Many people would love the chance to break bread with the likes of Jay-Z, Irving Azoff, or Simon Cowell. But these music industry magnates come from humble beginnings, learning as much as they could before commanding millions of dollars.
Helen Bruner and Terry Jones, owners of Philerzy Productions and artists in their own right, sat down with us to talk about the tough but fulfilling road to owning your own music label, which is paved in sweat, hustle, and smarts.
MadameNoire: How did you both get started in the music industry?
Helen Bruner: My first deal, my first record was in 1989 with Warlock Records. At that time I was a kid right out of high school and I had this song called “Over You.” I knew nothing about house music; my cousin took me to a club in New York and I was like “What is this?” [Soon after], I wrote a song, it got picked up.
From there, I went over to Cardiac Records, which was owned by Virgin Records in the 90s. I had my first top ten record, called “Gimme Real Love” on Cardiac. Cardiac was folded into Virgin Records and I recorded an album and in the midst of it all coming in on the second single, I got dropped from the label. I received a check from ASCAP because I wrote and produced my own material and it was quite lucrative, but it was from overseas. So, we [she and Terry] decided to hop a flight and go over to the UK. We found that we weren’t failures. We began to write all around and decided to start a record company.
Terry Jones: My mom was a famous R&B singer, Linda Jones. She passed away when I was a baby. As I grew up I watched her music being played on the radio and on TV. My sister and I were not receiving any residuals because when she passed, she was only 27. My family was not that familiar with the business of music and were so distraught they couldn’t pick up where she left off [in regards to the business]. As a young child I always said, “You know this is what I wanna do and when I grow up I’m gonna make sure that no one takes advantage of me.” So, I actually got a record deal on Atlantic Records.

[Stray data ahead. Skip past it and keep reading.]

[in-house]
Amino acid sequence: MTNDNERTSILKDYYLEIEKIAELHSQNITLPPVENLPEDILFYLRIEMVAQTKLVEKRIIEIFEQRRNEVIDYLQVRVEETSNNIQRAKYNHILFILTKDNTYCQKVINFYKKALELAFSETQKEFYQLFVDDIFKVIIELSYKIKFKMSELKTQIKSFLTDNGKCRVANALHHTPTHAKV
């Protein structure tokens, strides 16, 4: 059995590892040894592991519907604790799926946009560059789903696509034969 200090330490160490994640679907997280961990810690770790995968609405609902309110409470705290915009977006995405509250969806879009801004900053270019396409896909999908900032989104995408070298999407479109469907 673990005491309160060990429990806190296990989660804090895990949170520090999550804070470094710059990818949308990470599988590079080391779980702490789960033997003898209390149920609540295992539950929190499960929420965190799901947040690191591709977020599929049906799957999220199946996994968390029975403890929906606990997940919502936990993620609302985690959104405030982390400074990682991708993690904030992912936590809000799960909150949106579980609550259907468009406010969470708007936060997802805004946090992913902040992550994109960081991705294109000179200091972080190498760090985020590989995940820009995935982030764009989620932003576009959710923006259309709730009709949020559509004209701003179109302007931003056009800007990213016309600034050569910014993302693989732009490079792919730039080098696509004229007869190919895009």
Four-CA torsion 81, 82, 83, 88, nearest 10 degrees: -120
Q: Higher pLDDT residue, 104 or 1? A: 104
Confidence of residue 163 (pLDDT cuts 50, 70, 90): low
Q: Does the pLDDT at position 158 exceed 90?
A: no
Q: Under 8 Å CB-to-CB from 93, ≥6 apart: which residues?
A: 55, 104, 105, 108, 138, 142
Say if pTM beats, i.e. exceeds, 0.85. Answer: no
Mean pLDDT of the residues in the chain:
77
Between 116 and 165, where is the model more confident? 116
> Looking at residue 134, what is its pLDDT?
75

During that time I had a manager that was handling my deal and the producer of the project received the advance and spent it all on drugs. At that point, because the budget was spent, I was dropped from the label. After that, Helen and I began to work together. We spent a lot of our time in Milan (for ten years!) and just took it all in and worked and decided to start our own label. It’s a global economy, so the experience that we had of being overseas and really learning how to conduct business internationally was really a blessing for us.